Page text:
How to Improve a Dying Narrative

Ah, yes. Death. The natural and inescapable course of all living things. One might even say non-living things as well: iron rusts, wood rots, wax melts, and light fades from memory. These are terms for the end, and the end of life is death. But who knows what lies beyond the pale that separates the dead from those living? Perhaps we may never know…

Now that I’ve properly wasted the first paragraph in gibbering philosophy, and I can properly launch into the article. So, picture the scene: you’re staring at the screen through half-closed eyelids. A yawn escapes your slack jaw. Your fingers move slowly as you type out words at the speed of Microsoft Edge’s response time. Something is wrong. You just can’t tell what it is.

The more you write, the more you’re able to distinguish between this and just being tired: writing excessively leaves you with a clear mind of what story there is left to write, but you lack sufficient motivation to put it into words on paper. A dying narrative is something different…and worse.

Most writers have a kind of “spidey sense” when it comes to a dying narrative. What they sense (remember, you might not be able to pinpoint it directly, but you know it’s there) is sometimes that the narrative is sagging (or, more accurately, dying). This is more common a problem in new readers, and it is unfortunately more of a problem for them to solve.

But fear not! I’m about to give you a few tips that will help you revive a dying narrative and dispel that dreaded writers block! (writer’s block doesn’t really exist; I’m just using it as a term to refer to an unwillingness to write) A dying narrative is a pretty big problem with a simple solution, but as the Clone Wars proverb says:

The #1 solution is to rewrite completely. One of Brandon Sanderson’s most popular novels, the Way of Kings, initially was a failed experiment and a dying narrative. Since Way of Kings is pretty twisty and turny in its plot, it’s easy to see why. Sanderson abandoned the project and came back to it after his career as a writer really took off, rewriting it into a decent novel.

However, rewriting it a huge pain in the backside and is only to be turned to as a method of last resort. Unless you have the mental fortitude to start from scratch, I would recommend a salvaging operation. This is where you go back, examine the narrative, improve what you can, and scrap what you cannot.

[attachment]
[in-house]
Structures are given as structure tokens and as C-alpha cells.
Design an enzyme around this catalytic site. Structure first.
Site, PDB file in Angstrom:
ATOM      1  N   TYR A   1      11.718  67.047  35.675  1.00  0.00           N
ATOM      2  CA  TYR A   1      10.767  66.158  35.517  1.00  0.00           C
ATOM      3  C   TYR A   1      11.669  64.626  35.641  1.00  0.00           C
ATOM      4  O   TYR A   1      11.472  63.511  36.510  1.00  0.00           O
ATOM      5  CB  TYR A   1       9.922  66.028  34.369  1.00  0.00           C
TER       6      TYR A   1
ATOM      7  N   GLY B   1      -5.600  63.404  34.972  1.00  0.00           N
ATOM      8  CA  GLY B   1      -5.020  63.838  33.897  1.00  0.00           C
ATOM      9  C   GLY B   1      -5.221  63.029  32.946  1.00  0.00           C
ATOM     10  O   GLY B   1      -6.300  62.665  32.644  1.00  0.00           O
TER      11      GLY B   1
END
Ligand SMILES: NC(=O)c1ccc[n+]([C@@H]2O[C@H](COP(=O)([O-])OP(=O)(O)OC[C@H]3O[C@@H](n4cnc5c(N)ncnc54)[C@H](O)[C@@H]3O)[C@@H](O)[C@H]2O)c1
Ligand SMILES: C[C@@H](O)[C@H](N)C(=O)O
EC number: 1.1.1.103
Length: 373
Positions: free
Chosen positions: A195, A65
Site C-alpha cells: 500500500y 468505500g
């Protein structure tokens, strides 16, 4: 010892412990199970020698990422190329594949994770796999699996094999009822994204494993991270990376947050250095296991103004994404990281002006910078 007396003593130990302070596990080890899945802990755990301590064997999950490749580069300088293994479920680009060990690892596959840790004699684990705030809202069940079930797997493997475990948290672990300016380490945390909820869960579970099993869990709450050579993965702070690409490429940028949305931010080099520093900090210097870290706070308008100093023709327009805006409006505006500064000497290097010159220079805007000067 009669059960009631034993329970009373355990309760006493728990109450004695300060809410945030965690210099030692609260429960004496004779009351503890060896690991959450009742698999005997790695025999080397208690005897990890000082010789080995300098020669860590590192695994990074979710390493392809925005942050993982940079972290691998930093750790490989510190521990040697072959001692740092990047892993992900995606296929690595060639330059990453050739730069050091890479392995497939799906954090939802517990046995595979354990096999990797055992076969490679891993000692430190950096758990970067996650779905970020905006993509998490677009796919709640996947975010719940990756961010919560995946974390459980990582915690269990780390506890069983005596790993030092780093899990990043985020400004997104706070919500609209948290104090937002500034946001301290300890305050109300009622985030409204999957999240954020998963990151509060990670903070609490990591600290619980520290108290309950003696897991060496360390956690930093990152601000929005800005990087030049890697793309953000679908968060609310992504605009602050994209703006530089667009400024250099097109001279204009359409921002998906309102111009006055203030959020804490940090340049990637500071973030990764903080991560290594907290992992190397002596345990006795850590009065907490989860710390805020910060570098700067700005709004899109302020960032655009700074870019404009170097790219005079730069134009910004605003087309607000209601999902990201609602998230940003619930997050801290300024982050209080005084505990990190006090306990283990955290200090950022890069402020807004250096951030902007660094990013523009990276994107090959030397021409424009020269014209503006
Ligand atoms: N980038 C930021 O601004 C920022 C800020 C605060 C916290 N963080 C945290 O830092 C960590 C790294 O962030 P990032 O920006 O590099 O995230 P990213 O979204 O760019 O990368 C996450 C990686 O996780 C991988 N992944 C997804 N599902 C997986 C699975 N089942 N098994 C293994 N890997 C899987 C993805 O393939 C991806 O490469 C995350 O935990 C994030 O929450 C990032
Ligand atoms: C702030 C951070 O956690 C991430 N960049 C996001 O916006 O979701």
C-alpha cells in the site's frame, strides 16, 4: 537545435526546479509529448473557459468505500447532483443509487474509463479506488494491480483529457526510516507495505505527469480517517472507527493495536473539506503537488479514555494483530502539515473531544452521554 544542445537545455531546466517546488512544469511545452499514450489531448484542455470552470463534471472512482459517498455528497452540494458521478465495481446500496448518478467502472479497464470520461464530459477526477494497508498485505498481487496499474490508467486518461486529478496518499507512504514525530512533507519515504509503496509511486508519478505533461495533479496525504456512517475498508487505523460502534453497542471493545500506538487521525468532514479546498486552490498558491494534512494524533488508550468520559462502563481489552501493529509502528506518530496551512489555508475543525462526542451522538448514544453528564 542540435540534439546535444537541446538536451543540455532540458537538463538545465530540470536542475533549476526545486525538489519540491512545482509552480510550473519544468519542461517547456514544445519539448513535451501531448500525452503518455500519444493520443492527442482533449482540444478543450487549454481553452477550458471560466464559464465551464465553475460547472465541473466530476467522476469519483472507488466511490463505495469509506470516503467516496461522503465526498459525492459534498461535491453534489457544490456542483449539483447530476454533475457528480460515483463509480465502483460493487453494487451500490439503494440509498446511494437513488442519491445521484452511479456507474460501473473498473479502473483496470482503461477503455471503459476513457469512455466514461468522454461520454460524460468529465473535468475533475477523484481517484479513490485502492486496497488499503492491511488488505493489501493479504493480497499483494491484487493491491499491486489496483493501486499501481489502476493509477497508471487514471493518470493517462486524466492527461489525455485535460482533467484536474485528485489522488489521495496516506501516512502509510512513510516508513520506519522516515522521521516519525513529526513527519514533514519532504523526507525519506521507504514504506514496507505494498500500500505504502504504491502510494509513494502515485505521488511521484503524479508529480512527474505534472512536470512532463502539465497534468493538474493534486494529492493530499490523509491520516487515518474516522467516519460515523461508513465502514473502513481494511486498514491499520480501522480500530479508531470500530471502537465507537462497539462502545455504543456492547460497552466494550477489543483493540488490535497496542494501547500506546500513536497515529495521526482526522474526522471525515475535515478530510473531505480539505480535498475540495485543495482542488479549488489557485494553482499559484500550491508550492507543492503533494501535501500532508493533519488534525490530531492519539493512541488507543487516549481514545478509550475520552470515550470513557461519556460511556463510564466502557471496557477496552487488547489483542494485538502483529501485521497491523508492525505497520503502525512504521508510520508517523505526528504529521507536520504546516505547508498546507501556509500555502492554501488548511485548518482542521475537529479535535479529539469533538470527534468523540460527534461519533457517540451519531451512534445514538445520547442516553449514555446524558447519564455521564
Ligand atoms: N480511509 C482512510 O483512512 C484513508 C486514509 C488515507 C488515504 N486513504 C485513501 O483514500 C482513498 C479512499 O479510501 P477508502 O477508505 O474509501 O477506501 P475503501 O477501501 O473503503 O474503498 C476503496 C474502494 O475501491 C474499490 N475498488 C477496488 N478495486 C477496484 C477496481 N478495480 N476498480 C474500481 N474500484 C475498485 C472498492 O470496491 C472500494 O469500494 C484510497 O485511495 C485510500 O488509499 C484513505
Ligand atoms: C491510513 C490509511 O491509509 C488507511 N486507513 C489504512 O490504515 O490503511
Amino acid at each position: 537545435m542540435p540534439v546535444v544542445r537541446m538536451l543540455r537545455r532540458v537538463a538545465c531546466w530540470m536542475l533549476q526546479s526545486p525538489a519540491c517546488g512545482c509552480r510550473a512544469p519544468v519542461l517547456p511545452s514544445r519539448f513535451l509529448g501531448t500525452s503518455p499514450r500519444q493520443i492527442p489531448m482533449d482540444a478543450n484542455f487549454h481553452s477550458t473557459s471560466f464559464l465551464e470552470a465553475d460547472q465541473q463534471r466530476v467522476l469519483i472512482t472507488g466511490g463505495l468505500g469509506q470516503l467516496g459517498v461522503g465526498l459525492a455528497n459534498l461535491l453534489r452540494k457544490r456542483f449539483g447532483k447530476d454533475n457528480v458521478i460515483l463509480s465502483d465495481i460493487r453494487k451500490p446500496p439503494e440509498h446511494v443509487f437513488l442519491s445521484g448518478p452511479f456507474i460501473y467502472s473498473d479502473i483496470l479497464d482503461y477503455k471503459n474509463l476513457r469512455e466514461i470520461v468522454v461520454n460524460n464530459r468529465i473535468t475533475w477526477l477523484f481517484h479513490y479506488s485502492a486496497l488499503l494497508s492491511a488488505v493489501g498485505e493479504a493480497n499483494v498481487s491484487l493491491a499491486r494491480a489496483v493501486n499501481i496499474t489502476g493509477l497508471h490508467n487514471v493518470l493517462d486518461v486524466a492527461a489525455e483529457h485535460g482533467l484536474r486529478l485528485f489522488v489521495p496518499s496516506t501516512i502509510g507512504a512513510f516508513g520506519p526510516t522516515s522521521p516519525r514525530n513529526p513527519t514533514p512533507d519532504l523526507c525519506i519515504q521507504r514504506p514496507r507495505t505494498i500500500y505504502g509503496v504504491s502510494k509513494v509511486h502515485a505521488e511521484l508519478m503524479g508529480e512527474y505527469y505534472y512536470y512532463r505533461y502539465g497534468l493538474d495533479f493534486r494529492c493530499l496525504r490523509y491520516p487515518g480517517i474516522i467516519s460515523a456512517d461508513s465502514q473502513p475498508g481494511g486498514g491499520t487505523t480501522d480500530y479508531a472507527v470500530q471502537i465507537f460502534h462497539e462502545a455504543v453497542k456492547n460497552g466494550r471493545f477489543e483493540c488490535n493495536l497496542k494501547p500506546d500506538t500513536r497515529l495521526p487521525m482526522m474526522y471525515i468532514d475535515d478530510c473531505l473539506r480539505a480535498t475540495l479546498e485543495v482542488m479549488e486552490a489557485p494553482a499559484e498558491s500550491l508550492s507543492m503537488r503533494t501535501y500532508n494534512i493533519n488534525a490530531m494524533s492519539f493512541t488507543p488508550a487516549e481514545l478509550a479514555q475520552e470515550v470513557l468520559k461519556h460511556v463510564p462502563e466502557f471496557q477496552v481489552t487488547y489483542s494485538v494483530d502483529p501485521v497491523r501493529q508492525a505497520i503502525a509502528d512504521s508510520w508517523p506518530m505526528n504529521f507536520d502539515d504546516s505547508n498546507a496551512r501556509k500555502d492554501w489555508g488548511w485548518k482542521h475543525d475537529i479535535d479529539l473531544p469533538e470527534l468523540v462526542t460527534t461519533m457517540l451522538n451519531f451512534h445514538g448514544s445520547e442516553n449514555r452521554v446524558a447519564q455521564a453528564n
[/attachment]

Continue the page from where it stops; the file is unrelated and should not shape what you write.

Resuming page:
When you attempt a salvage op, (short for operation), your biggest concern is to understand the motives behind people and actions. Usually, the reason why the narrative is dying is that there isn’t strong enough of a motive behind what is happening in the story and why.

First examine the motives of your heroes. Why does Bruce Wayne do what he does? Well, because…he’s good. Lame! Let’s change that to “he has a moral standard that he follows to inspire others to do good and be heroes themselves”, and is motivated by revenge to destroy evil because a street thug killed his parents. Ha! There we go. That’s good writing. Put yourself in the hero’s shoes: “What string of events would have to happen to me before X?”

Where a lot of people fall short is neglecting to make their villain have motive. The old “Muahahahaha! Now I will rule the world!” comic book-style lost its appeal long ago. Evil for the sake of it is shamefully weak. There is one exception: Heath Ledger’s Joker from the Dark Knight trilogy–this is because Joker is supposed to be the ultimate villain: he seeks to inspire evil in other people by doing evil. Joker is evil because he is evil: he enjoys it, he has no conscience, and his entire character is consumed by evil. There is literally no good in him. If someone had exposed just a little good in Joker’s character, he would have been extremely weak. Again, the exception to the rule, so stick to something simple: the villain turns to crime to help his dying wife (Mr. Freeze), but since evil is corrupting, it corrupts his character into a nihilistic monster who is self-serving and completely evil.

Remember, we’re looking for a lot of things when it comes to improving a dying narrative. Take a look at the motive, and that will solve 95% of your meaningful problems. Just being aware that the narrative is sagging is enough to move a young writer to action, and that in itself is enough to sniff out a lot of problems in the manuscript.

Good luck, and happy writing!

Be sure to check out my latest novel, Book 1 in the Praetors of Lost Magic Series, and our Publications page. Plus, I mean, it wouldn’t hurt to check out the Resources tab. It’s full of super helpful material and I promise it will help you out. Until then, writers!


Published by Van Ghalta

A cold, dark, mysterious character who purposefully wrote a story so that he could fit into it...A story where he himself WRITES stories, practices martial arts, blogs, plays airsoft, collects MTG trading cards, plays outdated video games, and writes weird, third-person bios for himself...

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